Basketball was far from the only thing weighing on his mind. In the first week of training camp before his second season, his mother, Kay, committed suicide, following a lengthy battle with depression. Things came to a head with Fitch later that season, when the coach yanked him out one too many times and Ainge cursed him out on the court. The confrontation continued in the locker room before they finally made peace. Ainge still doesn’t think much of Fitch’s old-school approach. “Personally I think it’s all crap, and I don’t think he toughened me up,” Ainge says.
He eventually found his groove with the Celtics and went on to win two championships, carving out his own niche alongside five future Hall of Famers. After being traded to Sacramento in 1989, he appeared in the NBA Finals with the Blazers and Suns, retiring finally as the NBA’s third-leading all-time three-point shooter.
Less than two years after he retired, Ainge took over coaching duties with the Suns, winning 60 percent of his games before abruptly leaving, saying that he wanted to spend more time with family. In 2003 the new Celtics ownership group, led by Irv and Wyc Grousbeck and Steve Pagliuca, brought him back to Boston to take over basketball operations. Ainge was now in charge of a team that hadn’t won a championship since he’d been in uniform.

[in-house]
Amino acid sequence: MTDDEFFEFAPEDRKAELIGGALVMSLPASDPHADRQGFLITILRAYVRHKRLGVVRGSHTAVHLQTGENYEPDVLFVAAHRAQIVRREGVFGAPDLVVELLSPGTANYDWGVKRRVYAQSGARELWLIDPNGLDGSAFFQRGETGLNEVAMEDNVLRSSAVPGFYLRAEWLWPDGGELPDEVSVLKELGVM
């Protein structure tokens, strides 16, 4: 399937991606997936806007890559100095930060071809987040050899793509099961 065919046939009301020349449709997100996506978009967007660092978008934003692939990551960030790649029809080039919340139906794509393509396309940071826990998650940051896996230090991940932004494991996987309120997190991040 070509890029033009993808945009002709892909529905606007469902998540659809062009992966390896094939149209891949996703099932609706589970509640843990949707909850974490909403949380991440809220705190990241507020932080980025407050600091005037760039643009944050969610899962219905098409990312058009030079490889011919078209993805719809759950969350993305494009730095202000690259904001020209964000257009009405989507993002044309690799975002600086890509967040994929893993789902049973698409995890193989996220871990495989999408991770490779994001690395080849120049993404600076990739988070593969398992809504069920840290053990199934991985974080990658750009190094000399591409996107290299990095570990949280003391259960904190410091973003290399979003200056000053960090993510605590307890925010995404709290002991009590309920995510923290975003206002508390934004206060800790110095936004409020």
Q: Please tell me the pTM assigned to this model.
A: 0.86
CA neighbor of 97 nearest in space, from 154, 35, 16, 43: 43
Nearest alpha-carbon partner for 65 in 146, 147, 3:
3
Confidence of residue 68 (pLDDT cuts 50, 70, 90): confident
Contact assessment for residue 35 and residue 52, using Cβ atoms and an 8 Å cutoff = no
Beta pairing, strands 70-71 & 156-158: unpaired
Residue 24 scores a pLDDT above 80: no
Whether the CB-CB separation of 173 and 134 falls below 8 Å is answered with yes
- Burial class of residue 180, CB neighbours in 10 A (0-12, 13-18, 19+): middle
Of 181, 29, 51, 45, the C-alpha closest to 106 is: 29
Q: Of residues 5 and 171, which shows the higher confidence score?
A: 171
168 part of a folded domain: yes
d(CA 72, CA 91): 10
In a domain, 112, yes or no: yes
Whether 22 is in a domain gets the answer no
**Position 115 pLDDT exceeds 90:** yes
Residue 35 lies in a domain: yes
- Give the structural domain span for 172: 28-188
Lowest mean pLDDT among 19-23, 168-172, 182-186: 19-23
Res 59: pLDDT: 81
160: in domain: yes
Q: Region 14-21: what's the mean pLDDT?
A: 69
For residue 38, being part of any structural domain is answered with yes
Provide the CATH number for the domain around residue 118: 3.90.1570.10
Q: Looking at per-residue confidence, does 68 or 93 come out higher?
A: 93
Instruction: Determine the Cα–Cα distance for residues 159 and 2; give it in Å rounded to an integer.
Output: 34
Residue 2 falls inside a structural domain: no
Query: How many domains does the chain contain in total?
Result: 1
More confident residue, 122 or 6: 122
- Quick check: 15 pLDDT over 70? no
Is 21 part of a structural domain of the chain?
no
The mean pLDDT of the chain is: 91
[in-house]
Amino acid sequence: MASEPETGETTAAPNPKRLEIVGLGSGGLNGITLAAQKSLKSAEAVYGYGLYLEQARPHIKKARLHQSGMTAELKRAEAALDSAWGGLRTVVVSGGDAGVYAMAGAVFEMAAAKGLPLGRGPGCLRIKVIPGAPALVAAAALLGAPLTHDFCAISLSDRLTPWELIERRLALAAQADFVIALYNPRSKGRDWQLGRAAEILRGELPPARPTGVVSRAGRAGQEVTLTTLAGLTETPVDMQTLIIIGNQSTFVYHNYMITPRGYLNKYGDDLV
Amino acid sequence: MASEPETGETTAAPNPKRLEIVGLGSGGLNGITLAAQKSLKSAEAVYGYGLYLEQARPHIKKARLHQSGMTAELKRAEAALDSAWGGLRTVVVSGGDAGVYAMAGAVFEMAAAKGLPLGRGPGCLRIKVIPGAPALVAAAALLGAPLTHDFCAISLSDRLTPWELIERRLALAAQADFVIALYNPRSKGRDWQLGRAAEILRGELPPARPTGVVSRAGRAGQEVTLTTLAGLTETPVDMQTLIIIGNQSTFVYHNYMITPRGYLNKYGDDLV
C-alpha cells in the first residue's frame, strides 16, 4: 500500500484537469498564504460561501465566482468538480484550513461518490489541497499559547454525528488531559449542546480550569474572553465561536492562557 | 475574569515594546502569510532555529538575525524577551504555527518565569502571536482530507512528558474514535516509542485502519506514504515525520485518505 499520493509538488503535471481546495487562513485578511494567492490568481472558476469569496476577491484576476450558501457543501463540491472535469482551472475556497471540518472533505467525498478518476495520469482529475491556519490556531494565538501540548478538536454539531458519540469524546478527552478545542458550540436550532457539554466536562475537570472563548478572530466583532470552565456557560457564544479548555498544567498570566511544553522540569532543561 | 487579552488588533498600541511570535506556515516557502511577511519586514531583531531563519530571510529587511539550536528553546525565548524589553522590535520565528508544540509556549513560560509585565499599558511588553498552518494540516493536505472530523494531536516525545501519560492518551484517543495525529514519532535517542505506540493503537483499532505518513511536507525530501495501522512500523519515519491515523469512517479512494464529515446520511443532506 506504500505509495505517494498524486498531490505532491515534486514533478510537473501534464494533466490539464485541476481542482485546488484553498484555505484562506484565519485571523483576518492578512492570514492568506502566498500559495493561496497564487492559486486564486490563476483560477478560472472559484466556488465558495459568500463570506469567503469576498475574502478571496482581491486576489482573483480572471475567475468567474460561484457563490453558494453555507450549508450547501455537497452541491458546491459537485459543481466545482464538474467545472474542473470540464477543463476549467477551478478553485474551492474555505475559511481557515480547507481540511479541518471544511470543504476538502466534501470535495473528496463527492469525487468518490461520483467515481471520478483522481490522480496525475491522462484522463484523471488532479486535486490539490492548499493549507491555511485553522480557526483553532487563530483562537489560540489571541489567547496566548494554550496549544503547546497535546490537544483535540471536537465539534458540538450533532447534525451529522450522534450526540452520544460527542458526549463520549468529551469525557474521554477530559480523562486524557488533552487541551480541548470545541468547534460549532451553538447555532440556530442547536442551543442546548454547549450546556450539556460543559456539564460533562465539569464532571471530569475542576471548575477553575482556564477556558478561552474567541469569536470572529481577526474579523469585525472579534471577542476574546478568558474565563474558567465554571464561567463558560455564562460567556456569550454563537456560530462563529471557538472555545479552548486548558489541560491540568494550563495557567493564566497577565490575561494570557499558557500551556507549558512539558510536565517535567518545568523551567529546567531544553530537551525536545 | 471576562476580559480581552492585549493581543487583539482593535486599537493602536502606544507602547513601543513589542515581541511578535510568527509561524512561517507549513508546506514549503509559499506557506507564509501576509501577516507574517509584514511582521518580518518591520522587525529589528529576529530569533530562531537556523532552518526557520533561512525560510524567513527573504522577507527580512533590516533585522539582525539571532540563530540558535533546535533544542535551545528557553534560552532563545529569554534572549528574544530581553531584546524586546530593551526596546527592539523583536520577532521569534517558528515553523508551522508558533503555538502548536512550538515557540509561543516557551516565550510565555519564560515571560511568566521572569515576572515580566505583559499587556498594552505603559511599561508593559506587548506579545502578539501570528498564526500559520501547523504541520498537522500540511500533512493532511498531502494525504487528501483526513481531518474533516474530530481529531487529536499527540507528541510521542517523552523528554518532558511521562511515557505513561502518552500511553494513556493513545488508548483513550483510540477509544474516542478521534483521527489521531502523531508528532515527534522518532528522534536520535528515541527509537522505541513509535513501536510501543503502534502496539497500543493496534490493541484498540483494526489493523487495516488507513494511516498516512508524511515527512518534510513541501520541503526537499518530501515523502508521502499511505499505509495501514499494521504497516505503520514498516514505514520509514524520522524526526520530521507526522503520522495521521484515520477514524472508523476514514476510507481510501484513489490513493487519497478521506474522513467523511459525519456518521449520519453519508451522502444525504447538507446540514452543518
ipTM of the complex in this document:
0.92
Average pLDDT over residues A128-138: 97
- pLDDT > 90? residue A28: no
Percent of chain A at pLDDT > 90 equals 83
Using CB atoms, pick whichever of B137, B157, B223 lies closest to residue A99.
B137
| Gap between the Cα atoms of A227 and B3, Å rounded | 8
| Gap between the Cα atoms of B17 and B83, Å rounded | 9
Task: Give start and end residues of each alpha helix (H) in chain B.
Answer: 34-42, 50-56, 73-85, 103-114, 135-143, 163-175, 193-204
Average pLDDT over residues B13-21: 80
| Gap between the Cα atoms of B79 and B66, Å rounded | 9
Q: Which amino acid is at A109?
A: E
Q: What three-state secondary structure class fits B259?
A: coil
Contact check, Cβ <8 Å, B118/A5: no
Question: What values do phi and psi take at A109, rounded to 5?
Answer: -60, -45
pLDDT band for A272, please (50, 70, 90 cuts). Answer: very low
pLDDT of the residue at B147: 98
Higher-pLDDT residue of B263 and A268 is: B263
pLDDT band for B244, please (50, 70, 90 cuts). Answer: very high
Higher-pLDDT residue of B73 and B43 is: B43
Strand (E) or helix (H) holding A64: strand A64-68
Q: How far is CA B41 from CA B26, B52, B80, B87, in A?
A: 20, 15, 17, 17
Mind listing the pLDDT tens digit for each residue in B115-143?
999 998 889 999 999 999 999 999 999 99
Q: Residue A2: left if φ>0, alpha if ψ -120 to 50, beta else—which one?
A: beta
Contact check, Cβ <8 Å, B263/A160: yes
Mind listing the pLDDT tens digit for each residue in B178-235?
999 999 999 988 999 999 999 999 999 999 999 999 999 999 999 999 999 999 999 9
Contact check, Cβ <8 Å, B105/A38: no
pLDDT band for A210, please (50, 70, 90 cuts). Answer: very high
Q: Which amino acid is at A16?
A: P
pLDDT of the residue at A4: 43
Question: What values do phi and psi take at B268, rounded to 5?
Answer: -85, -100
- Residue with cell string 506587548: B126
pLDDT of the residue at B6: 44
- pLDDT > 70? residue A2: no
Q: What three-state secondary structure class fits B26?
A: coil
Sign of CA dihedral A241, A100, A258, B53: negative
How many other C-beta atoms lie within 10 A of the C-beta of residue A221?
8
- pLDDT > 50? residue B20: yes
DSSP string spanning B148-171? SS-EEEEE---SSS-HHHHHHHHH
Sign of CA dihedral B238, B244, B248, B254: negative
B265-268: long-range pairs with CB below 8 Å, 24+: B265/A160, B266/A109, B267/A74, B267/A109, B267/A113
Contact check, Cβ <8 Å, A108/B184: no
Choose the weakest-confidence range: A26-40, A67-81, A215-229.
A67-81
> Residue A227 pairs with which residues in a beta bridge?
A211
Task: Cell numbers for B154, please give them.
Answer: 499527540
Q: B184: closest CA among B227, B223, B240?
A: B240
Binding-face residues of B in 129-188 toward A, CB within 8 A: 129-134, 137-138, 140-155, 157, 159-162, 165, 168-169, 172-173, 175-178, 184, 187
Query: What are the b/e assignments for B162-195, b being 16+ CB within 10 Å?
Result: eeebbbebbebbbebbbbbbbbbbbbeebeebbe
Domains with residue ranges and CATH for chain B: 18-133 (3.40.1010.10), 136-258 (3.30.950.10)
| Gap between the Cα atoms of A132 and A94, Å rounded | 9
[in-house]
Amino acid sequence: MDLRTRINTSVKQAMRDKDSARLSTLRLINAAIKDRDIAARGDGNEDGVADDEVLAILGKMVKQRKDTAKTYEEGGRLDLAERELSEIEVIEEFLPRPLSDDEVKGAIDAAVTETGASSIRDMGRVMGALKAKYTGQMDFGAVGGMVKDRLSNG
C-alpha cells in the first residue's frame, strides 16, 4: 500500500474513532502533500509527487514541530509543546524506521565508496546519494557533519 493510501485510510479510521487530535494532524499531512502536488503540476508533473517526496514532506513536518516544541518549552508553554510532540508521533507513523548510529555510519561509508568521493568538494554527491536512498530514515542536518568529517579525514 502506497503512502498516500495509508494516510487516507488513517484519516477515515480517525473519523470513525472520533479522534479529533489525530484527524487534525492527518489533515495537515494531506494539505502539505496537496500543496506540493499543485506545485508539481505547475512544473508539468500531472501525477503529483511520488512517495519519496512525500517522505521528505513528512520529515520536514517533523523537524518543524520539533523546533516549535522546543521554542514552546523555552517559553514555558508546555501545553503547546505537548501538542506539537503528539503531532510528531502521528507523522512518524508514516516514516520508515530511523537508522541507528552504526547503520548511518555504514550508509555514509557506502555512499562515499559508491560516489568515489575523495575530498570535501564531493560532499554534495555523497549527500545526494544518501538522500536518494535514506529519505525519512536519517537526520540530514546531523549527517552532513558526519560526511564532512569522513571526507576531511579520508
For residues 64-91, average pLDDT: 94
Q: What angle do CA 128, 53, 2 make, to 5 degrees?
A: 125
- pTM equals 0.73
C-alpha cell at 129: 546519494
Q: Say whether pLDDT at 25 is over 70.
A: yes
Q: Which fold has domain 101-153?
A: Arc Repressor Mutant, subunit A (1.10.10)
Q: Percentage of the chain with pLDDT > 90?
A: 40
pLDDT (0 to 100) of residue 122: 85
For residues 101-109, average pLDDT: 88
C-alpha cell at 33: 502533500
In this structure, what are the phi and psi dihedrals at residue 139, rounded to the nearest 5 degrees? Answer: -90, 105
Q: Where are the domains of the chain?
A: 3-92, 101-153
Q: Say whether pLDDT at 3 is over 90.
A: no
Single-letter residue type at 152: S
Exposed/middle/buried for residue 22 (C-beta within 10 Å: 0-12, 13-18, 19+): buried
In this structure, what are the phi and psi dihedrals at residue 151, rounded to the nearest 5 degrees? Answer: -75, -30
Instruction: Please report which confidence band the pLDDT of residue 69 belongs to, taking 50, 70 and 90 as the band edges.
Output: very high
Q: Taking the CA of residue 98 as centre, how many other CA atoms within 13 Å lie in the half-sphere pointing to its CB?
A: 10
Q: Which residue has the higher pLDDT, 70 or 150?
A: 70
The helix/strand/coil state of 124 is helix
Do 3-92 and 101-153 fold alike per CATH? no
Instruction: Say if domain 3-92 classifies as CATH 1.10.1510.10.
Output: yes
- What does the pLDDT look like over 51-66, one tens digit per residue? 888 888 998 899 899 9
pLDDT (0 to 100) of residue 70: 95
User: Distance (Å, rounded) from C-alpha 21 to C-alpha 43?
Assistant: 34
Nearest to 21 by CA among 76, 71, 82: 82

It was not long into his tenure before Ainge earned the nickname “Trader Danny.” Raef LaFrentz was in for Antoine Walker—and soon LaFrentz was sent packing himself. Gary Payton made an appearance and then was traded for Walker, who was gone again less than six months later. Round and round it went. Ainge’s moves didn’t always appear to have a clear purpose, as building a coherent roster became less important than collecting players, contracts, and draft picks—“assets,” in NBA parlance—that other teams might find valuable. It was all with an eye toward ultimately building up enough assets to trade for a franchise player.
By the summer of 2007, Ainge was targeting Minnesota’s Kevin Garnett. Many around the NBA think that Ainge was ultimately able to make the KG deal because of his friendship with former Celtics teammate Kevin McHale, who was running the Timberwolves at the time. “I don’t really have a lot of respect for that opinion,” Ainge says. “Kevin ain’t helping me. Kevin and I are very close friends, but we’re trying to compete with each other.”